Tech

Elaine He oversees Bloomberg Gadfly's data visualization work in Europe and also pursues her own columns combining business and markets coverage. Before joining Bloomberg, she was a graphics editor at the Wall Street Journal and the New York Times.

If you want to see why this weekend's cyberattack was so widespread, just look at the stubborn popularity of Microsoft Corp.'s Windows XP.

Almost 16 years since it was released, XP is the world's third most popular operating system -- even though Microsoft has long stopped releasing updates and the software has been superseded by more secure versions.

If you're still relying on old or outdated operating systems, you run an unnecessarily greater risk of falling victim to cybercrime. But XP is showing little sign of vanishing entirely: its rate of decline has slowed in recent years, as this chart shows.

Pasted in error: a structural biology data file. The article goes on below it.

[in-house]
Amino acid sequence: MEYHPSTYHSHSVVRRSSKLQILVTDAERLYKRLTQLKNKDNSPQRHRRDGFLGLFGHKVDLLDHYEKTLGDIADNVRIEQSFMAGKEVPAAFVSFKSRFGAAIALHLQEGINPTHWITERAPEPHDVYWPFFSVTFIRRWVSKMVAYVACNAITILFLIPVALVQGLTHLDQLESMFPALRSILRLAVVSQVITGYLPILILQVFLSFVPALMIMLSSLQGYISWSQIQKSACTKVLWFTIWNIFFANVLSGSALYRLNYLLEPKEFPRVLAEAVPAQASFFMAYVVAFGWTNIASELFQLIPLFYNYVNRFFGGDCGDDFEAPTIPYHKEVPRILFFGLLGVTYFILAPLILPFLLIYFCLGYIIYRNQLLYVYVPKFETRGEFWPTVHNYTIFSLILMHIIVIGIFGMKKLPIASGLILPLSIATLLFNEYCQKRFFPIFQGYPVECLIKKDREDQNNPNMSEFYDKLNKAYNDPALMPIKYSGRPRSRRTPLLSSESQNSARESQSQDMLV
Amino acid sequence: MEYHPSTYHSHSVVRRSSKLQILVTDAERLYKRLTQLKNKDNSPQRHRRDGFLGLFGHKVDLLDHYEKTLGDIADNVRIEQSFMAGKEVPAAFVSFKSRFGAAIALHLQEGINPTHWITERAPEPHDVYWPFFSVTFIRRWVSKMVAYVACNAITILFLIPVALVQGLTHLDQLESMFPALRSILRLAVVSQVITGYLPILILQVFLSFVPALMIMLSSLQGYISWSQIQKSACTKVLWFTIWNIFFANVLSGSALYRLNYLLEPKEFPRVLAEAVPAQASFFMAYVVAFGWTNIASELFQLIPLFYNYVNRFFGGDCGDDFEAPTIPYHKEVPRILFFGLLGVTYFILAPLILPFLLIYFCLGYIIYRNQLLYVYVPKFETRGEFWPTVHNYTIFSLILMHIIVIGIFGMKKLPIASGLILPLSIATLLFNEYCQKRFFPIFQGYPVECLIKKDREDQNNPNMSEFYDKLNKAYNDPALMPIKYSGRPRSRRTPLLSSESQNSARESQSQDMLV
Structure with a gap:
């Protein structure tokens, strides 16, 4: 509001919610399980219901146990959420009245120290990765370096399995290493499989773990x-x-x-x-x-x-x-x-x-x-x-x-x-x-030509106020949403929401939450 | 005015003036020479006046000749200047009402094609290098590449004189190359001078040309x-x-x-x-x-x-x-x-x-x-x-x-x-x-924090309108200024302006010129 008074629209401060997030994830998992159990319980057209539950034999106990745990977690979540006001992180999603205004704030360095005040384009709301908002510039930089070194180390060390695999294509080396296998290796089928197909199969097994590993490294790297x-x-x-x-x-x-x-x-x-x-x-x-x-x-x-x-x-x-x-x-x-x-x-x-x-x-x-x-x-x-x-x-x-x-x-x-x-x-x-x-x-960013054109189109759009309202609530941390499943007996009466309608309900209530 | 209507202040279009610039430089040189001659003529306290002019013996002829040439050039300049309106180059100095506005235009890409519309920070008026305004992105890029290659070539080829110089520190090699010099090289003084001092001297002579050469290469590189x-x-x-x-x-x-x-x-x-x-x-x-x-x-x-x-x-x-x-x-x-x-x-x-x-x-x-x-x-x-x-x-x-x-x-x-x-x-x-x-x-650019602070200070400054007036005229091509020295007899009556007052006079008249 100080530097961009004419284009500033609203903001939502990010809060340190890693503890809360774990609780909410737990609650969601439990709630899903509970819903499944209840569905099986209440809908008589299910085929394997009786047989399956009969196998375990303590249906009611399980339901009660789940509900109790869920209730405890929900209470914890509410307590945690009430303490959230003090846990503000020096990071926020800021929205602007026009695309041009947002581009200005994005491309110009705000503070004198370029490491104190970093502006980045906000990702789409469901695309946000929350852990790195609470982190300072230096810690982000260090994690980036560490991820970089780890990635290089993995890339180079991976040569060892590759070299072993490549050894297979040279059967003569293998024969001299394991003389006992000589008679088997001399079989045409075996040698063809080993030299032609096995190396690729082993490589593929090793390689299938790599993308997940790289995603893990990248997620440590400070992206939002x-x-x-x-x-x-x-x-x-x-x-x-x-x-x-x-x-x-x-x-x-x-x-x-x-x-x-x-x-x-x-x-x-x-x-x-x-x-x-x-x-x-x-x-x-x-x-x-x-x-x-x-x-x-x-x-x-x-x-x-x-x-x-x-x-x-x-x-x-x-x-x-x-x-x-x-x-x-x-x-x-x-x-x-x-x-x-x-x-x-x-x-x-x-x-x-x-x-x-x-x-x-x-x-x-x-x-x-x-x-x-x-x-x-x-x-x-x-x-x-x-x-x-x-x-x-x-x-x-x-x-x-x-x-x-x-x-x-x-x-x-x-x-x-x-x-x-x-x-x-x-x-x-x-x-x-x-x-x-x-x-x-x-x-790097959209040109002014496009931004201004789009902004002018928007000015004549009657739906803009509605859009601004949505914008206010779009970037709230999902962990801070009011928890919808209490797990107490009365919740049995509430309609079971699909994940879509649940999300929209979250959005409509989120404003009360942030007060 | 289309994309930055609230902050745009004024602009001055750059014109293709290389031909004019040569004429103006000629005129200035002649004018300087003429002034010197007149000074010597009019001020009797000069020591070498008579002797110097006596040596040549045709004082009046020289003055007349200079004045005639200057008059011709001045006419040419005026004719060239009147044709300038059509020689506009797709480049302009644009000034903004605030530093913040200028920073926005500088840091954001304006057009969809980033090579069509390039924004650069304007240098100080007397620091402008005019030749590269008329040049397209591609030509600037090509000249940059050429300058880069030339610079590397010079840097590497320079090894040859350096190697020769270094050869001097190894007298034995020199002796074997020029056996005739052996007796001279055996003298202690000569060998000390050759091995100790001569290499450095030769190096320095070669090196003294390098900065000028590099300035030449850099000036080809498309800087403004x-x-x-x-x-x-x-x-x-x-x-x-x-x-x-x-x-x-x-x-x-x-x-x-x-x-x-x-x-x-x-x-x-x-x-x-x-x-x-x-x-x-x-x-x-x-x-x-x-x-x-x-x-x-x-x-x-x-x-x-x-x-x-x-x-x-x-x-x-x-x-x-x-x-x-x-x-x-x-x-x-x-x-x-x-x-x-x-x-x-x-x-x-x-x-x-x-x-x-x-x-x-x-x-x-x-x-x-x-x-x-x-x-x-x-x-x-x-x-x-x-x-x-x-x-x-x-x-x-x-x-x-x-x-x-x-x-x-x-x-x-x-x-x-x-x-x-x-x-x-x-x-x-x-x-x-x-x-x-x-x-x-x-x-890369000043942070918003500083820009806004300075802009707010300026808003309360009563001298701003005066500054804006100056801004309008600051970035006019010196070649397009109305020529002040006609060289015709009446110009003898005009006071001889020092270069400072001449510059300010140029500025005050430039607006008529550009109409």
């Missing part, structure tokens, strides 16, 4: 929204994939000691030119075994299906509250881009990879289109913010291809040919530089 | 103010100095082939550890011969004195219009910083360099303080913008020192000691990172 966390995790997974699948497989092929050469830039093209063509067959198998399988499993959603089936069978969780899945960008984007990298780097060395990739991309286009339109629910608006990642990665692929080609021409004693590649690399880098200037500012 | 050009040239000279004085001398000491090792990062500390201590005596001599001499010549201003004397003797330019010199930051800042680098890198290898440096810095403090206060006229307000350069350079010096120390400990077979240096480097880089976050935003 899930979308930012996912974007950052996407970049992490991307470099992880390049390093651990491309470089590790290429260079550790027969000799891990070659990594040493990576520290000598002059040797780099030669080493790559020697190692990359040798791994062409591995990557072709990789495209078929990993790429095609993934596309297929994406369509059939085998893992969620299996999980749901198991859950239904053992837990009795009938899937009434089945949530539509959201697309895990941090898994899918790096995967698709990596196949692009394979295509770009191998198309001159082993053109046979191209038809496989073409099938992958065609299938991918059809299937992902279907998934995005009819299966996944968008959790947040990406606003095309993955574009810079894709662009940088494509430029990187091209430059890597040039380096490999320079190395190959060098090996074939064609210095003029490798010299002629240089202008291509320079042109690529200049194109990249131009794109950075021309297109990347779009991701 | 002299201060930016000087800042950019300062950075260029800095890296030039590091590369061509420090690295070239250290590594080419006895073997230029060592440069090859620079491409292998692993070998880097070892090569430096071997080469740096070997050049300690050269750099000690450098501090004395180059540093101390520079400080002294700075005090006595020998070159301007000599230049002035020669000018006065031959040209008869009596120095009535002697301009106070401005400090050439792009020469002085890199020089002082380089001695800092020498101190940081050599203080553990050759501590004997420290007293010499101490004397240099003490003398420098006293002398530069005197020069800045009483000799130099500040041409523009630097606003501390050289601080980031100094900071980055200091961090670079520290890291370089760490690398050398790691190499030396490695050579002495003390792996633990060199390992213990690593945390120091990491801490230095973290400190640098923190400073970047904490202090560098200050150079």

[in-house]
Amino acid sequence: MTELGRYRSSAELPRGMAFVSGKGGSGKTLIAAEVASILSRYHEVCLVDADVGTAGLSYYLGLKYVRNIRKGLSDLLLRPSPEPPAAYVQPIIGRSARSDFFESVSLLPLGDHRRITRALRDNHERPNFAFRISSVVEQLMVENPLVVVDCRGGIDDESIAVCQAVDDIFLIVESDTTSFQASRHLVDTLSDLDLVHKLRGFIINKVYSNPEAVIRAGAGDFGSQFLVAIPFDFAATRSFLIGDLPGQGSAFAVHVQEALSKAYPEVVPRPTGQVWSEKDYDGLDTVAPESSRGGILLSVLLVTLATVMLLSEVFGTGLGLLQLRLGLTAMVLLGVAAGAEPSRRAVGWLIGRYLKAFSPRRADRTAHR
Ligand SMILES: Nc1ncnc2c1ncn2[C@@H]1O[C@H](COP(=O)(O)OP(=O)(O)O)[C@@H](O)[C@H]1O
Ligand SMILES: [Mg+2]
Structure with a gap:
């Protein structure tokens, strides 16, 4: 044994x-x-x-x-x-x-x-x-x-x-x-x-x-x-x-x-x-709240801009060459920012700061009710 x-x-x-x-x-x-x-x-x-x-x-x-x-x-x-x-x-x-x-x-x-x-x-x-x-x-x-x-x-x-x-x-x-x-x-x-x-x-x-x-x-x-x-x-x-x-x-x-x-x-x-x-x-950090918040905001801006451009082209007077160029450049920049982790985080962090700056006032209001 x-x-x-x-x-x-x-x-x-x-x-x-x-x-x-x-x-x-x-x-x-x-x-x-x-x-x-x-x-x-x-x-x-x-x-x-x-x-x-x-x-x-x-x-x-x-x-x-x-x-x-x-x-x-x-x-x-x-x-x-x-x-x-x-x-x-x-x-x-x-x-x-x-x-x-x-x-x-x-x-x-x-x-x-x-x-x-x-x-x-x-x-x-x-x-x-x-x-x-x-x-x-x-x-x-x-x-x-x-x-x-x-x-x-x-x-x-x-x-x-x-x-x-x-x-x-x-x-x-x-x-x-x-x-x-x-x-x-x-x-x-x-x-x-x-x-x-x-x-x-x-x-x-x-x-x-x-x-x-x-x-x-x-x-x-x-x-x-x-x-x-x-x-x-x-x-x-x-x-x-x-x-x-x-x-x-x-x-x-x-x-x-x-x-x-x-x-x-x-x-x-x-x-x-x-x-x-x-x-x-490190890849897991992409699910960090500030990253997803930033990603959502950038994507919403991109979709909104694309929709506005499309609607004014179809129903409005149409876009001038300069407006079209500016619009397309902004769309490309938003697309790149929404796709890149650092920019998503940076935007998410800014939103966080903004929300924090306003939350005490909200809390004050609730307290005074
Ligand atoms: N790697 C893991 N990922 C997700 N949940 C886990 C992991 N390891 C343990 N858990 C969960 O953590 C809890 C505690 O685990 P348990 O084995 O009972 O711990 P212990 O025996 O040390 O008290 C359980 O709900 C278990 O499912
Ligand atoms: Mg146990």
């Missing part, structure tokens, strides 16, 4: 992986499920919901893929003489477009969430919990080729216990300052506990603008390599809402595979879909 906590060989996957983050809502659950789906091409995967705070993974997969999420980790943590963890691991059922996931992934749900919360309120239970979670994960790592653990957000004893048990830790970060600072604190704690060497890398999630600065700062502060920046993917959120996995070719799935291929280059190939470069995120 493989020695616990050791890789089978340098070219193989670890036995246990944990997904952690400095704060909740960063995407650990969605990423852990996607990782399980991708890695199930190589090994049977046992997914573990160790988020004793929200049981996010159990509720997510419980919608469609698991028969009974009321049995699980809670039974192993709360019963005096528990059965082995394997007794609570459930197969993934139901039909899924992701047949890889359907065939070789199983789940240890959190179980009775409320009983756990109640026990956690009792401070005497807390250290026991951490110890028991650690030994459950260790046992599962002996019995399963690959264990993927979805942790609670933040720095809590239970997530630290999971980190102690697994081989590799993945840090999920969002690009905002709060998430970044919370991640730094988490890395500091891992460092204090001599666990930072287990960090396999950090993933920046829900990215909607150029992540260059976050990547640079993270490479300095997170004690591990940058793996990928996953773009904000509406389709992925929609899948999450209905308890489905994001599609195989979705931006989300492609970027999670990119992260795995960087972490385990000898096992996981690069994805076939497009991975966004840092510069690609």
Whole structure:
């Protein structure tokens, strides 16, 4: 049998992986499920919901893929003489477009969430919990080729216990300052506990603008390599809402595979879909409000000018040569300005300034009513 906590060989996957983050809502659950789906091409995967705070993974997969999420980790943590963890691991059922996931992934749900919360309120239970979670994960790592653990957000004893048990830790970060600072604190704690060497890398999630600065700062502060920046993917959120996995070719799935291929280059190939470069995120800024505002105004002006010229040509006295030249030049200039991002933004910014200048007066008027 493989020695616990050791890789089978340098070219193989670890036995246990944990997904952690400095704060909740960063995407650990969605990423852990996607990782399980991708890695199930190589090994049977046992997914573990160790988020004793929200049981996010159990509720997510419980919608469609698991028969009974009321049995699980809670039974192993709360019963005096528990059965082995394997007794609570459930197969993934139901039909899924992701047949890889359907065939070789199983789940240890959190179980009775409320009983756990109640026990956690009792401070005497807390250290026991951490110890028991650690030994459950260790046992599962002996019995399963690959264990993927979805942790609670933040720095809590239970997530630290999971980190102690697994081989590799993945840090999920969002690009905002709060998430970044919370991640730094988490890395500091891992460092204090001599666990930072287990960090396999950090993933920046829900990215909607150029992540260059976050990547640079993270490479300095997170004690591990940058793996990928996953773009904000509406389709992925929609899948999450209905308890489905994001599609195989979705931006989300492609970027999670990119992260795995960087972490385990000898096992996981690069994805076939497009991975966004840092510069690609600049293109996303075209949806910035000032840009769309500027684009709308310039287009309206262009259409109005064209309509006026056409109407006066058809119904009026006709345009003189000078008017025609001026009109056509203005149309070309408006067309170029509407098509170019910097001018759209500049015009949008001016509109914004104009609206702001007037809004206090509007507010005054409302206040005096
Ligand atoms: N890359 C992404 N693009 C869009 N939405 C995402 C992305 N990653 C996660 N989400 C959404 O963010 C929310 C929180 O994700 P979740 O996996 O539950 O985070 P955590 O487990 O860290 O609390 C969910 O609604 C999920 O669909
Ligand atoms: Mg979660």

Windows on the World
Windows XP is stubbornly clinging on even as it is superseded by newer software
Source: Net Applications
Note: February through April data are preliminary.

That poor software hygiene may be because users are reluctant to change something that simply does the job, or risk an upgrade that could disrupt their business. But, with the threat of cyberattack increasing, it looks more and more like a flawed calculation.

To put it another way: would you keep your front door lock knowing that copies of your house keys are available to strangers?

This column does not necessarily reflect the opinion of Bloomberg LP and its owners.

To contact the author of this story:
Elaine He in London at ehe36@bloomberg.net

To contact the editor responsible for this story:
Edward Evans at eevans3@bloomberg.net